SAP EAServer

The core processing of your Web application happens on the application server. As such, the better EAServer performs the better your Web application will perform. This section highlights several key performance settings you should definitely consider. You may refer to the EAServer Performance and Tuning Guide for details on how to extensively tune EAServer.

JVM startup option

When starting EAServer, the -jvmtype switch specifies whether the client, server, or classic Java VM be used. It is recommended that you set the switch to the J2EE server VM.

Configuring data sources

JDBC driver used by EAServer data source

You should avoid using any JDBC-ODBC driver. Instead, use the Native-protocol/all-Java driver. The only exception is SAP SQL Anywhere, which provides the iAnywhere JDBC driver that actually performs remarkably well. For detailed information on configuring JDBC drivers refer to the section called “JDBC driver preparation” in Appeon Server Configuration Guide for J2EE.

Configuring the cache size

By default, EAServer is configured to establish 10 database connections. For applications with many several hundred or several thousands of users, this number is often too small. If not increased, it will hurt the performance of your application since your users will be waiting in a queue for an available database connection. On the other hand, if your Web deployment is few hundred users or less, you should not specify an unnecessarily large number as it will consume more server resources and possibly negatively affect performance.

The maximum pool size property, "", defines the maximum number of connections to be held in the connection pool. The size property is generally set to 10%-20% of the maximum number of concurrent users. However, it is possible to use the FORCE option when connecting to obtain additional connections outside of the pool if none are available. Refer to the EAServer Performance and Tuning Guide for details on tuning the cache size.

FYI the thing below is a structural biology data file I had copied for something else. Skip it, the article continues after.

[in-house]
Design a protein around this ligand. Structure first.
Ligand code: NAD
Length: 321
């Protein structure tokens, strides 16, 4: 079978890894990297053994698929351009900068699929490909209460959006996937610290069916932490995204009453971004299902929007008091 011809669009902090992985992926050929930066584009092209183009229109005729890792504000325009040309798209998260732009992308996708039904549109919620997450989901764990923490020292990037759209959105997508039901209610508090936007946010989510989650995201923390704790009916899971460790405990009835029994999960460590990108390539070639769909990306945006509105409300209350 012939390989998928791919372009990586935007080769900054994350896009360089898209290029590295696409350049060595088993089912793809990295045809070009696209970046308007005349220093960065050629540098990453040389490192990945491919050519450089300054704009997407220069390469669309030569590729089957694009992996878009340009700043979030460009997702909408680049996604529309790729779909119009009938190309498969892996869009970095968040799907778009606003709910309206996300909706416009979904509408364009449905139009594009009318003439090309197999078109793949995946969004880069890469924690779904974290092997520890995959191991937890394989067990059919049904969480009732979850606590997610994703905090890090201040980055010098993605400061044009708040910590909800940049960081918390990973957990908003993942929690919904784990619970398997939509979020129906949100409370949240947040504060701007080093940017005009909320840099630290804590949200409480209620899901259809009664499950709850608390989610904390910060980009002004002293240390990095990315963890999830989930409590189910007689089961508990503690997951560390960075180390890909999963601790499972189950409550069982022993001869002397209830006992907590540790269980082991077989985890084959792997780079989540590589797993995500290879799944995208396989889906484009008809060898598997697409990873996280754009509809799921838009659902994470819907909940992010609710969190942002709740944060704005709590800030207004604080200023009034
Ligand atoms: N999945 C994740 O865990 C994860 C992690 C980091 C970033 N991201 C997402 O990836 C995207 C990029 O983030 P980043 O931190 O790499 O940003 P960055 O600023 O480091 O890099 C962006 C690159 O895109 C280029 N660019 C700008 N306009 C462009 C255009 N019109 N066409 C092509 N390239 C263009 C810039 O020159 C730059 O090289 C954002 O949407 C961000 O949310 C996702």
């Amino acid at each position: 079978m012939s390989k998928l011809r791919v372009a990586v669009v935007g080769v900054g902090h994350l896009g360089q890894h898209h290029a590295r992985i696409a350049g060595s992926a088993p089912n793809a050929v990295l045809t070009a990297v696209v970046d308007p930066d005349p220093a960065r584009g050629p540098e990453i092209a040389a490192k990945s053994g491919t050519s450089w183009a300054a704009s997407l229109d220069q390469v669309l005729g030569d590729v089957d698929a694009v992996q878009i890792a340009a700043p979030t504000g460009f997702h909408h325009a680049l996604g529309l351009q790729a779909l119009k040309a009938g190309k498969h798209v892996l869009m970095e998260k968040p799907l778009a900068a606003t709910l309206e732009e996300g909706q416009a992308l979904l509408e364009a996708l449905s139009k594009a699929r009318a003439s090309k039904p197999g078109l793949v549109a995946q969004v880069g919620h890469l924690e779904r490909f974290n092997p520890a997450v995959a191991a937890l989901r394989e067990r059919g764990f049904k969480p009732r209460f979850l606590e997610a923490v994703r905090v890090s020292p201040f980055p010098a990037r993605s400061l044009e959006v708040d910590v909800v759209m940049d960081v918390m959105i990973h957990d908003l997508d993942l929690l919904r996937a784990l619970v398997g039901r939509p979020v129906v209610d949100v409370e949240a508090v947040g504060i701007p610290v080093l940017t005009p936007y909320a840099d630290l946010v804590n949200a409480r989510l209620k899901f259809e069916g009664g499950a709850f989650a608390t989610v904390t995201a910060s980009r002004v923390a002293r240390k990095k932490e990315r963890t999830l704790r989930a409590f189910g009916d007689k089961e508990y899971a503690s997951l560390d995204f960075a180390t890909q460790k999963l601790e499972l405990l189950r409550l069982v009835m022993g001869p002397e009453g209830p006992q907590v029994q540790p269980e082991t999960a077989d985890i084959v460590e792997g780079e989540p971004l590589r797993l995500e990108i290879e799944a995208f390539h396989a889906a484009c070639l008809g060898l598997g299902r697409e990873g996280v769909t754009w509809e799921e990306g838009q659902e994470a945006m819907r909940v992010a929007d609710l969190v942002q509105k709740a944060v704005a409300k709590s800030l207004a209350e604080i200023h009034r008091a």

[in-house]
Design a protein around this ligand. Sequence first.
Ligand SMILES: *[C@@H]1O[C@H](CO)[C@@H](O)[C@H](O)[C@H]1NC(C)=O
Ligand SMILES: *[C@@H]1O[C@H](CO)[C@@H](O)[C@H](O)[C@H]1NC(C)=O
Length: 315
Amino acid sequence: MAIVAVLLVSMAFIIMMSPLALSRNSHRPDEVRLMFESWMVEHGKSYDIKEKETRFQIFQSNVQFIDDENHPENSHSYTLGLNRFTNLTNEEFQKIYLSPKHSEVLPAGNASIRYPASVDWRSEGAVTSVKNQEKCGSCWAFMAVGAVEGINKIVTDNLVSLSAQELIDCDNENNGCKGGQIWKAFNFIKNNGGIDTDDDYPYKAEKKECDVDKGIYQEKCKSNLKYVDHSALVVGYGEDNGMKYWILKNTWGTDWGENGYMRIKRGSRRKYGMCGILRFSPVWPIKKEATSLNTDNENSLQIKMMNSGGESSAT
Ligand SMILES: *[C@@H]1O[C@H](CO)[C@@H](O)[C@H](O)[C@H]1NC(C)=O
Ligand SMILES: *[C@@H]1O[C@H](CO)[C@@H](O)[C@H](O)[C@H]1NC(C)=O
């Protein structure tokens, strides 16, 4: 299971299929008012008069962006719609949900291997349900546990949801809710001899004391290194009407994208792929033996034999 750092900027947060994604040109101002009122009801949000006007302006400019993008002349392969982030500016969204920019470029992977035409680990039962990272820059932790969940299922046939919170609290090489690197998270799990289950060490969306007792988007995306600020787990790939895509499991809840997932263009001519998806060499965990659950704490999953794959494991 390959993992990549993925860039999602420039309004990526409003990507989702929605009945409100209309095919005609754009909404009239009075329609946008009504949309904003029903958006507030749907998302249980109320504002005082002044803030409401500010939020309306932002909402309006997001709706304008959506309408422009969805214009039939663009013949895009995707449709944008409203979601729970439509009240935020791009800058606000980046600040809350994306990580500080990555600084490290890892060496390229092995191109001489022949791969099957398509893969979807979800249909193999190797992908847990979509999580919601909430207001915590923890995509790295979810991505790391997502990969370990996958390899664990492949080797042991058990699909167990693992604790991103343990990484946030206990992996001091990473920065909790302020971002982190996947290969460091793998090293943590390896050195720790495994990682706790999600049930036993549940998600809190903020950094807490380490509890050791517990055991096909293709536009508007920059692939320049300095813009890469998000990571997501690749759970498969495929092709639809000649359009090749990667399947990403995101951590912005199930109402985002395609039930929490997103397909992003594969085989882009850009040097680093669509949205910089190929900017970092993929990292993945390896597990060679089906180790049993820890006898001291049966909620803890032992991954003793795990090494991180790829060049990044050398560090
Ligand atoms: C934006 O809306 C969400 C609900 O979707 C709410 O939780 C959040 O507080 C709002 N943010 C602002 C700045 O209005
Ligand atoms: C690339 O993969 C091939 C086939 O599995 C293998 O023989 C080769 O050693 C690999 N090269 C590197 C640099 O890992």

HTTP properties

You should configure the EAServer http.maxthreads and server.maxconnections properties such that it can handle the expected concurrent user load for the Web Server. If these properties are improperly configured, it may result in poor performance and possibly result in failed HTTP requests. The httpstat.dat file keeps track of cumulative hits on http objects.

Set the http.maxthreads property to the estimated average number of concurrent HTTP requests (including Servlets and any other server pages). For example, if it is expected that there will be 100 concurrent requests, set the http.maxthreads slightly higher (for example, 120). This will give you a margin of safety. Similarly, set the server.maxconnections to accommodate the average number of concurrent IIOP requests that are expected.

Another property you should pay attention to is server.maxthreads. Set this property to equal the combined value of http.maxthreads and server.maxconnections, and add 50 as a margin of safety (http.maxthreads + server.maxthreads + 50). However, if you are using an older version of PowerBuilder components with a bind thread set, you should increase this number as outlined in the EAServer Performance Tuning Techniques document.

Since each application and environment is unique, these are starting points that need to be monitored and adjusted for optimal results. Load and stress testing your application will help you to identify any issues prior to moving your Web application to a production environment.